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The past week has been a crazy, busy week with appointments, meetings and pastoral calls. Add to that the usual busy-ness of a household, laundry, cooking, cleaning, etc., and there’s just not enough time to get it all done.

I struggle with a condition called CFS or Chronic Fatigue Syndrome. It’s a rather mysterious and mis-understood illness that affects the immune system. I’m fortunate that my type of CFS is considered mild. To give you an example of what it feels like to have CFS, think of how you feel when you have the ‘flu…the aching, tight chest, dragging feeling. That’s how I feel on most “good” days.

But being the type of person I am, I push though it, I “ignore” the pain and get on with doing what needs to be done.

And on occasion, when I’ve overdone it for too long, and under-appreciated my body I get a stern warning, usually in the form of overwhelming exhaustion that makes my body shut down until it gets itself rested. On Wednesday night, this happened. I had “just one more” thing to do and I went upstairs to put some laundry away. Suddenly the horizon vanished and I had no idea if I was right side up or upside down. I don’t LIKE that feeling.

I called for my husband and he helped me find the way to right myself, and get me into bed. Yesterday, after a particularly grueling morning I left the unfinished things at the office and came home to lie down. I slept most of the afternoon away.

Today I feel like I’ve been put in a bag and beaten, but at least with epsom salt baths and early bedtimes, I’m beginning to return to some semblance of better. I wish I didn’t have this disorder and yet it helps me (as strange as this sounds) to better care for myself. Because when I ignore the longings of my body for rest for too long, my body fights back.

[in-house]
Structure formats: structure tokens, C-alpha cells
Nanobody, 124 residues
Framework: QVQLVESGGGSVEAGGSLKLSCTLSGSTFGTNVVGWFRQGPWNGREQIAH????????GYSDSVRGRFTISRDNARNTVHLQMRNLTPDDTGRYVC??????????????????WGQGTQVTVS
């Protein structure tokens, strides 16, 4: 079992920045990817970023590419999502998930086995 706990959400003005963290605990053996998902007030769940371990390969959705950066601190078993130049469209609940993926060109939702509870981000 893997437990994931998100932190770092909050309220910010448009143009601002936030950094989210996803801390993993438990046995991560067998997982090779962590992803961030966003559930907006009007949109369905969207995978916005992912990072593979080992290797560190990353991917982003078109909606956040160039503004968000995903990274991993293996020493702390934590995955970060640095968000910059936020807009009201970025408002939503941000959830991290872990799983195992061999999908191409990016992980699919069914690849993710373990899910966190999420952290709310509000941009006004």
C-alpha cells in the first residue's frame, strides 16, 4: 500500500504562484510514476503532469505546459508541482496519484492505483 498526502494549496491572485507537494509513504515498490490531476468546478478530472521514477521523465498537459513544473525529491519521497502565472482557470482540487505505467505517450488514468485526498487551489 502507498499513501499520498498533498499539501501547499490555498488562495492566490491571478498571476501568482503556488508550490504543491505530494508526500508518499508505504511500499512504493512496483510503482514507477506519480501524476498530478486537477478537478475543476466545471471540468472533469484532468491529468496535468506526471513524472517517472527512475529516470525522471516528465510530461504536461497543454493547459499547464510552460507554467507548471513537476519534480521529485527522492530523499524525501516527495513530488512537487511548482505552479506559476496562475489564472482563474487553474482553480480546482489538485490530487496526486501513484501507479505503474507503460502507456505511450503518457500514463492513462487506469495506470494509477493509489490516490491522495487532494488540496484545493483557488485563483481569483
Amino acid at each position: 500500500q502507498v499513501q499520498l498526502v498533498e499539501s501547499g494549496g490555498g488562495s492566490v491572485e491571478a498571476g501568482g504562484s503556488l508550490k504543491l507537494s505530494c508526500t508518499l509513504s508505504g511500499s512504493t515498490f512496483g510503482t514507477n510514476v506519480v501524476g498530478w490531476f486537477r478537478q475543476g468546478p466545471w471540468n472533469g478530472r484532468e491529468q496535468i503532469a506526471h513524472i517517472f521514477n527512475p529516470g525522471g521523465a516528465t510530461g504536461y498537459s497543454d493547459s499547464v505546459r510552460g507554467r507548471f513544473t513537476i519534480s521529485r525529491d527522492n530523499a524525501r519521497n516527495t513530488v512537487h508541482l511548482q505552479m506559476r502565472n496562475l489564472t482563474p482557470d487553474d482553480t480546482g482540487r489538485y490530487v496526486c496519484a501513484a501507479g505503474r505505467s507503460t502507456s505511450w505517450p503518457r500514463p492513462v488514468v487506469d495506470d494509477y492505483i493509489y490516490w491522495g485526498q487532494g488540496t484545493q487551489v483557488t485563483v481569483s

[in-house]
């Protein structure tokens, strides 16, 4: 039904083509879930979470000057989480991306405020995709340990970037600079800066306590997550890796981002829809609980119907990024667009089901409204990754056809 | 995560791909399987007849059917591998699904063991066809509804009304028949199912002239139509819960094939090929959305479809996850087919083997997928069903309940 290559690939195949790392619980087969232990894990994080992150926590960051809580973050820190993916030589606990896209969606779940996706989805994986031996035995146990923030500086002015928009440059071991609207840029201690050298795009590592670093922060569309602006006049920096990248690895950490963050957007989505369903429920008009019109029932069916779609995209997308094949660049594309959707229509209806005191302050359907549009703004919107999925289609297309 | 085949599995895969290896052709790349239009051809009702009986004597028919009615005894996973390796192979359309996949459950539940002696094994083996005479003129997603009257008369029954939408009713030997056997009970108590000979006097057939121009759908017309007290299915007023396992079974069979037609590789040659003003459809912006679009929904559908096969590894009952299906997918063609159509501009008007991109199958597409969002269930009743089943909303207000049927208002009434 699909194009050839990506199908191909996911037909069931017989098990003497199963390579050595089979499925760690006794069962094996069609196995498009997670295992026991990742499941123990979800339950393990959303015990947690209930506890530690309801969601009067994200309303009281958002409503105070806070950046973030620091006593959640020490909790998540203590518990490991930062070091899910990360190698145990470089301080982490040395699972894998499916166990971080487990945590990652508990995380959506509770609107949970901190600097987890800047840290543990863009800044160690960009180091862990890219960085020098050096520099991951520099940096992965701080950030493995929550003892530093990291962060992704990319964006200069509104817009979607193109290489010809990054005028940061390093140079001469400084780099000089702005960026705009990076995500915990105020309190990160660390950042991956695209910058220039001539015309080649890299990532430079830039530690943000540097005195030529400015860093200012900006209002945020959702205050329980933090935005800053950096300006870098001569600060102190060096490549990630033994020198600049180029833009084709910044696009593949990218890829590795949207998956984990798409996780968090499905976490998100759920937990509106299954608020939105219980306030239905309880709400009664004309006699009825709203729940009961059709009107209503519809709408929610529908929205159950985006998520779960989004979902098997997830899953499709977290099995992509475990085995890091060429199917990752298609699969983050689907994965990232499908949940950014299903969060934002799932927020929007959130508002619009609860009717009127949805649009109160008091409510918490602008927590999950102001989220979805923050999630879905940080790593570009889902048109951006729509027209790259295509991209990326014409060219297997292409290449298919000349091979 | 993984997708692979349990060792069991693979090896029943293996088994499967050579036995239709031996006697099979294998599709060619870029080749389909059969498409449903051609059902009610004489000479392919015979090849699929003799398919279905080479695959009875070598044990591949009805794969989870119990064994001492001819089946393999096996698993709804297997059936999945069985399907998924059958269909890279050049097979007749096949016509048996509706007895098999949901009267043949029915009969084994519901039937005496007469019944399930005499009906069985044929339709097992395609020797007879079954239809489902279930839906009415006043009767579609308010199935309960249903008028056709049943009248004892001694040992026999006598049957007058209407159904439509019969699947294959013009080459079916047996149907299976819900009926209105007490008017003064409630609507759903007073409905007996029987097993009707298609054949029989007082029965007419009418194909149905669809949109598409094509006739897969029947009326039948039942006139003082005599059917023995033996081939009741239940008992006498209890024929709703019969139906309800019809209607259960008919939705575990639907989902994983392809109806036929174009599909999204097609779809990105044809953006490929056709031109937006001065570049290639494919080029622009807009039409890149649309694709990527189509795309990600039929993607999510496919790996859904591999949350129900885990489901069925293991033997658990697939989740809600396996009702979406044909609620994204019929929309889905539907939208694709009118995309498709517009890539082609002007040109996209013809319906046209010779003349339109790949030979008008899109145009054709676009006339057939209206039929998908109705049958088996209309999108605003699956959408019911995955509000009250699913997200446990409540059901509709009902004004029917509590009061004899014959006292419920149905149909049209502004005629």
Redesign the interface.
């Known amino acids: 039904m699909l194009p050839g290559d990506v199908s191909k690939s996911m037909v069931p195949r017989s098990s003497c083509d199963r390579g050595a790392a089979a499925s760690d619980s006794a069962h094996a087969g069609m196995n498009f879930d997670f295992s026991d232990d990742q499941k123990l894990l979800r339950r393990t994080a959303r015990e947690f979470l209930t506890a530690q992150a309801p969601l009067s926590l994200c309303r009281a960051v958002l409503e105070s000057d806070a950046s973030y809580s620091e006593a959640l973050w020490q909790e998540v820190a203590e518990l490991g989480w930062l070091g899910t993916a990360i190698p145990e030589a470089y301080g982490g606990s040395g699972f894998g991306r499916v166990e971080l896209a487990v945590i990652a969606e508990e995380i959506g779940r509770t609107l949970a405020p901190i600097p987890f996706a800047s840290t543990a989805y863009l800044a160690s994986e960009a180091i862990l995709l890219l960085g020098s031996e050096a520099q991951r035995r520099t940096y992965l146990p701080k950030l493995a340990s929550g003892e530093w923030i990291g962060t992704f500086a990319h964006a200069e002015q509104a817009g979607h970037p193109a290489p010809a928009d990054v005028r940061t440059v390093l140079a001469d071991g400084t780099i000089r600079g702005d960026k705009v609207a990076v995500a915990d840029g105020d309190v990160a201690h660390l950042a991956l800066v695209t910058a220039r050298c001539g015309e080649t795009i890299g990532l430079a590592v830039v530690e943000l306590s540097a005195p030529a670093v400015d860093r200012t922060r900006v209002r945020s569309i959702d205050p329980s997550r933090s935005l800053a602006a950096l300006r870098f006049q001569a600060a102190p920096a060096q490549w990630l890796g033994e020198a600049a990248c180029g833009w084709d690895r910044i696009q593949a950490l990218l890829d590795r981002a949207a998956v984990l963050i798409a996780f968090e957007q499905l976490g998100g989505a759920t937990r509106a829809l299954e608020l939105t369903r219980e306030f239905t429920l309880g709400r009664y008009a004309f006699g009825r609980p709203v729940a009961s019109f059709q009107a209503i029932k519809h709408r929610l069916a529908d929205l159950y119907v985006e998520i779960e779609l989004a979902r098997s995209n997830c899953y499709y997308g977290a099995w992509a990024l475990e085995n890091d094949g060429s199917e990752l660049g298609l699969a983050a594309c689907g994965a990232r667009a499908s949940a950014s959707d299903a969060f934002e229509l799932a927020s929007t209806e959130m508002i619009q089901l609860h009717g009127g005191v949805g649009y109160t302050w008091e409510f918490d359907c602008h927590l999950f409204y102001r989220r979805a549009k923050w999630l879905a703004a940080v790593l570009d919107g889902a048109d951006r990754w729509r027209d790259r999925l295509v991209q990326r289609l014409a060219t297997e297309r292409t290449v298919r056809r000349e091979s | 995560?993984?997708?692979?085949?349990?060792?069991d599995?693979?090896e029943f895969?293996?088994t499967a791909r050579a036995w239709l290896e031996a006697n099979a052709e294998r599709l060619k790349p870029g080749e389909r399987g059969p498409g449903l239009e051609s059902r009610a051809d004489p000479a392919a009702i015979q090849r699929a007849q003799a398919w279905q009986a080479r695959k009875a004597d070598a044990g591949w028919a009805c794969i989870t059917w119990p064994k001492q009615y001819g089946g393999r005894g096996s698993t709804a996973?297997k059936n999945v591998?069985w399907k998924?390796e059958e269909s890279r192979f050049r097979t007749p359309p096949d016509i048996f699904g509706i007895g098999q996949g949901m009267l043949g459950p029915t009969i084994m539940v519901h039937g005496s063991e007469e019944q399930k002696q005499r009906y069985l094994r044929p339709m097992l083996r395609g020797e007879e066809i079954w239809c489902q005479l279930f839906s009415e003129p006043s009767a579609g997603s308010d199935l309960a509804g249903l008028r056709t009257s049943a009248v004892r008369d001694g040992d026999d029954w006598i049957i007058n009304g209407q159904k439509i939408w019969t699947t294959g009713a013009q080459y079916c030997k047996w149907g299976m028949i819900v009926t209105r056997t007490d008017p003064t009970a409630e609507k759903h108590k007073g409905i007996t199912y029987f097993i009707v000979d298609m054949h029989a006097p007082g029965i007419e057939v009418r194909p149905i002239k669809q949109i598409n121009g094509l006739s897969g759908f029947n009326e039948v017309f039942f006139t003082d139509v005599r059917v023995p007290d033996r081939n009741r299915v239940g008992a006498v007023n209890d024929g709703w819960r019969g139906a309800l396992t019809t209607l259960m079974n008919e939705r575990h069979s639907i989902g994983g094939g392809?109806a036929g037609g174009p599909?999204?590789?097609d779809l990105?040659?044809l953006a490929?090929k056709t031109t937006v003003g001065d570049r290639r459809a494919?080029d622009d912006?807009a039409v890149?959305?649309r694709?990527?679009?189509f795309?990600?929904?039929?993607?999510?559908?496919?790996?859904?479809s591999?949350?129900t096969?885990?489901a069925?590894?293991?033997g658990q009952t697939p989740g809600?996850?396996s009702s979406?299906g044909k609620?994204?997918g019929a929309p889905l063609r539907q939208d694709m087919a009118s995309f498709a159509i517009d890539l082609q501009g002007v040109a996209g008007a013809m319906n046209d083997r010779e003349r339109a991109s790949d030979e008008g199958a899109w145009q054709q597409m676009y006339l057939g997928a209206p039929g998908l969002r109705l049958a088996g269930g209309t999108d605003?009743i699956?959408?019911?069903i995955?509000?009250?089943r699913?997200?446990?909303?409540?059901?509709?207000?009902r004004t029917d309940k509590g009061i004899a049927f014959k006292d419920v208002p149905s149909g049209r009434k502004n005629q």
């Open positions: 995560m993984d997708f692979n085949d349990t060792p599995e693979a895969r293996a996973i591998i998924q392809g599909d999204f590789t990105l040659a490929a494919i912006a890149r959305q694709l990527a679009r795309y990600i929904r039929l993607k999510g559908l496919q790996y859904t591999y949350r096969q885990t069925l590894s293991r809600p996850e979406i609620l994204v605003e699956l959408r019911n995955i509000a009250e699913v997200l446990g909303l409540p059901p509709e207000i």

So, if you’ll excuse me, I’m going to make a cup of sleepytime tea, and retire early tonight.

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Sundays are generally busy days in Church Land. For some reason or other, I don’t ever seem to sleep well Saturday night, no matter how well, or poorly I’m prepared for Sunday. Today was no exception. I woke with the alarm, but didn’t get out of bed for half an hour.

Showered, dressed, walked to church and began walking through my homily. You see, when I write my homilies, they take the better part of a week and very little actually gets written down. Starting on Monday morning I review the readings for the week and go back to them at least once a day. I look at commentaries, meditate on the word and see if there’s a common thread or where the Holy Spirit is guiding me.